Compass


Compass: 1. an instrument that shows directions: a map and a compass

-Longman Dictionary of Contemporary English-


The Squirrel and the Backyards.

When Dean was six years old, he got lost in some backyards. He hadn't meant to. Sammy was a toddler, and daddy was cradling him, asleep on his shoulder, drool slowly wetting down his shirt.

He was talking with the man about the rent they would be paying for that house, which Dean would have hated, except he was so used to moving around now that he didn't think about it and didn't care about the faded yellow paint on it either. He was too young to consciously put a finger on it, but what bothered him about every place they called home after The Fire was the fact that it wasn't really home. Not in the way he remembered when mom had been around.

But memories in a child fade quickly, and Dean was used to it, and loved Dad and Sammy more than anything in the world and wanted for dad to be happy so, so much that he tried his best to do everything dad asked of him, and do it the right way.

So there he was, standing in a neighbourhood with houses that looked the same to his eyes (some houses more faded than others) and the visual uniformity was broken only by the playground just opposite his potential house. It had swings, Dean thought, and something in his chest bounced with happiness.

"You like the playground, Dean?" Dad had asked as they had parked outside, and his voice was so tender and his smile so sweet when Dean said Yes, with shining eyes.

So now that daddy was talking to the man, Dean tugged him softly on the sleeve and his dad immediately looked at him (and how tall he was, Dean thought proudly) and Dean asked him if he could go to the playground and dad looked across, making sure that he had clear visual of the place, and his hand, warm and tender, had rested on Dean's head and he had said "Yes, son. But don't stray away."

So Dean had gone and had been playing on the swings, looking at Dad glancing at his direction over and over again, holding Sam.

And all was fine, and it wasn't too chilly even though it was autumn and Dean felt so…free somehow, free as he was going up and down in the swing, reaching to the sky, back to the ground and then…then he saw the squirrel.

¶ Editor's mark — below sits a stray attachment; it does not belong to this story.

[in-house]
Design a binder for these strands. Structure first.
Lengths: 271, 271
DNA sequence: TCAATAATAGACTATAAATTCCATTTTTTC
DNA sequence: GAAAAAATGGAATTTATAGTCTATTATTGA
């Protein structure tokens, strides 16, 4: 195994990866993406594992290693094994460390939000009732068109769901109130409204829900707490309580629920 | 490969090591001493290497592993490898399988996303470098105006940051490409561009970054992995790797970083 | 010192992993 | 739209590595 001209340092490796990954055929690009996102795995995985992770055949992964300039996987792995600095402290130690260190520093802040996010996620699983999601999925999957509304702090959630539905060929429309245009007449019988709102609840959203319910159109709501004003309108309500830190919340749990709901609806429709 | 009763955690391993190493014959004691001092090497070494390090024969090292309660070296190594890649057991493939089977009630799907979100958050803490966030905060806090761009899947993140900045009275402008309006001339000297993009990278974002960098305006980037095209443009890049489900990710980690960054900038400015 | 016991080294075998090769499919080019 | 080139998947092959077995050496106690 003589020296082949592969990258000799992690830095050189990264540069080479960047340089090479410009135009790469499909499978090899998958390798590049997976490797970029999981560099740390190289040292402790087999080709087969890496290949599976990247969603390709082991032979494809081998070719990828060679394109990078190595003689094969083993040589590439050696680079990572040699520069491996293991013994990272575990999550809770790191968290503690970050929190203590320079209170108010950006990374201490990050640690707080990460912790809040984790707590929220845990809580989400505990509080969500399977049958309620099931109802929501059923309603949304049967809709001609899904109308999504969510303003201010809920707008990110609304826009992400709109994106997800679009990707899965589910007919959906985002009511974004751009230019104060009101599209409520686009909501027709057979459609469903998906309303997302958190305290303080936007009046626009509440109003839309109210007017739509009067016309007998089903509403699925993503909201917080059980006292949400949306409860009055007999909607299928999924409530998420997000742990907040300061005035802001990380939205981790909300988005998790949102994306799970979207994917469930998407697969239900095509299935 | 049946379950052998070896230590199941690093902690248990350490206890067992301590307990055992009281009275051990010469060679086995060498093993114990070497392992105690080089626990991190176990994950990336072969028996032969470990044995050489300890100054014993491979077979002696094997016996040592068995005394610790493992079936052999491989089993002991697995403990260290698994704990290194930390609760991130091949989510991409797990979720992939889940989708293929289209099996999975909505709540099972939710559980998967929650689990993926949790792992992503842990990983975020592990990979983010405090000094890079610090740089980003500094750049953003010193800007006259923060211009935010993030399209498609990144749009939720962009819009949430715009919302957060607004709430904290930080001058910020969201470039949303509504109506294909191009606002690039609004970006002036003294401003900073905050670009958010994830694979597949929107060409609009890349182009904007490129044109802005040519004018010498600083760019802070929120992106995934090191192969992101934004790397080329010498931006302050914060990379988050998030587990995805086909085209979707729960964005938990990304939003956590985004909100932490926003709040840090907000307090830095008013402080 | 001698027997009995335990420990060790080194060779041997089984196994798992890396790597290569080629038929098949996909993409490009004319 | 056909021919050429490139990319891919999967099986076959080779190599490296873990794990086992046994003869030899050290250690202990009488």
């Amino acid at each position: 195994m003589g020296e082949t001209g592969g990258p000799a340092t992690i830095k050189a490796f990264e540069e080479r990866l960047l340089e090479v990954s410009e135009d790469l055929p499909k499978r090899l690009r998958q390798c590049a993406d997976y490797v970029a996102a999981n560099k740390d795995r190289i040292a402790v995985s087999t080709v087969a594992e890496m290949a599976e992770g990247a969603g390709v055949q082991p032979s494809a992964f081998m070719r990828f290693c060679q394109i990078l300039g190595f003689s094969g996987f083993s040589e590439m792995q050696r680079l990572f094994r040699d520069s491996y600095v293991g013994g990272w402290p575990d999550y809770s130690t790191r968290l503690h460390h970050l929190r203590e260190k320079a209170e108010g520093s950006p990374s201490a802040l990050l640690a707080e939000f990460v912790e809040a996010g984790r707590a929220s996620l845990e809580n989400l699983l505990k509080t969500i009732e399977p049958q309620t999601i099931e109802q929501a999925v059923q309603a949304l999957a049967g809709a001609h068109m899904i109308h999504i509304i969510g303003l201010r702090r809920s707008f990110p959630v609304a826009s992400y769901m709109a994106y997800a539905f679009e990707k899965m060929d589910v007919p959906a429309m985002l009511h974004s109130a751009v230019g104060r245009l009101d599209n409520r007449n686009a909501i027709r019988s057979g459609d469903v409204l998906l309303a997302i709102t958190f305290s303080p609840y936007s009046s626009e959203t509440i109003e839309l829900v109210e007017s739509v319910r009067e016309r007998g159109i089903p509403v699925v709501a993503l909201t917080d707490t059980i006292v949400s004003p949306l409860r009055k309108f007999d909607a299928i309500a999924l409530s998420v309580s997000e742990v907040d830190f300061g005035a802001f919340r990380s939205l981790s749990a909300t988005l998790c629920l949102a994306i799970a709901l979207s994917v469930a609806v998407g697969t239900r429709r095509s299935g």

He had never seen a squirrel, not since… he closed his eyes in a quick flash of pain. The day before they lost mom, she had taken him for a walk, pushing baby Sam in the pram ahead, and talking to him and Dean had felt that the world was the most wondrous beautiful place in the whole…well…world… and was telling his mom that yes, he wanted brownies for dessert and mom had laughed and stroked his head and she looked so golden and she was his mom and his chest was bursting with love for her and suddenly that squirrel showed up, right on the pavement in front of them. Mom halted.

"Look, Dean," she softly said hushing him to stillness. She reached slowly in the bag hanging from the pram and took out one of the cookies she had for her boys. Then slowly, carefully, knelt down and Dean was watching her mesmerized because he knew that squirrels were not supposed to stand still looking at his mother, squirrels were supposed to bolt and climb trees.

Not this one. This one was looking at them with big shining eyes and stillness.

Mom carefully reached out her hand with the cookie, and her voice was her soft voice, the one she used on him when he was having nightmares and night was falling thick around them, the one she used with Sam when she was cooing him to sleep, the one he heard her use with dad when dad sometimes gave her a surprise hug from behind and she leaned her back on his chest and closed her eyes. It was a voice that held stars and velvet and peace and the warmth of a blanket in a cold night, and now Mary was using it towards a squirrel, her tenderness making no discriminations towards anything living.

"Come here, little fellow," she had said in her voice, "it's alright, come here…" and she kept saying it softly like a singsong and Dean held his breath and couldn't believe his eyes, couldn't believe it but the squirrel came, slowly, hesitantly…and ate from her hand.

Later, when daddy had gotten home, Dean couldn't wait to tell him about the squirrel, almost hopping up and down in excitement, and daddy had laughed and kissed him and then kissed his wife, saying that yes, Mary could charm birds off a tree if she wanted to, that's how she had gotten him too, and she had cocked her eyes and had that strange twinkle that Dean couldn't quite understand back then, but later that night mommy and daddy slept with their bedroom door shut.

So now, in the swings, he saw the squirrel look at him and thought of his mom that could charm birds off trees, and he knew it couldn't be the same squirrel, couldn't be the same one, but that did not matter.

So he carefully brought the swing to a halt and reached for his pocket. He always carried biscuits for Sammy, because Sammy would fuss in the car and he didn't want daddy to have to worry about anything that Dean could take care of. And knelt and tried to channel that voice, mom's voice, tried to make the squirrel come to him. The squirrel should have come to him, he thought and somehow felt that it was important that it ate the cookie, it was important because that's what mom would have done, but the squirrel looked at him and then hopped quickly away through a hole in the white fence of the house next to the playground.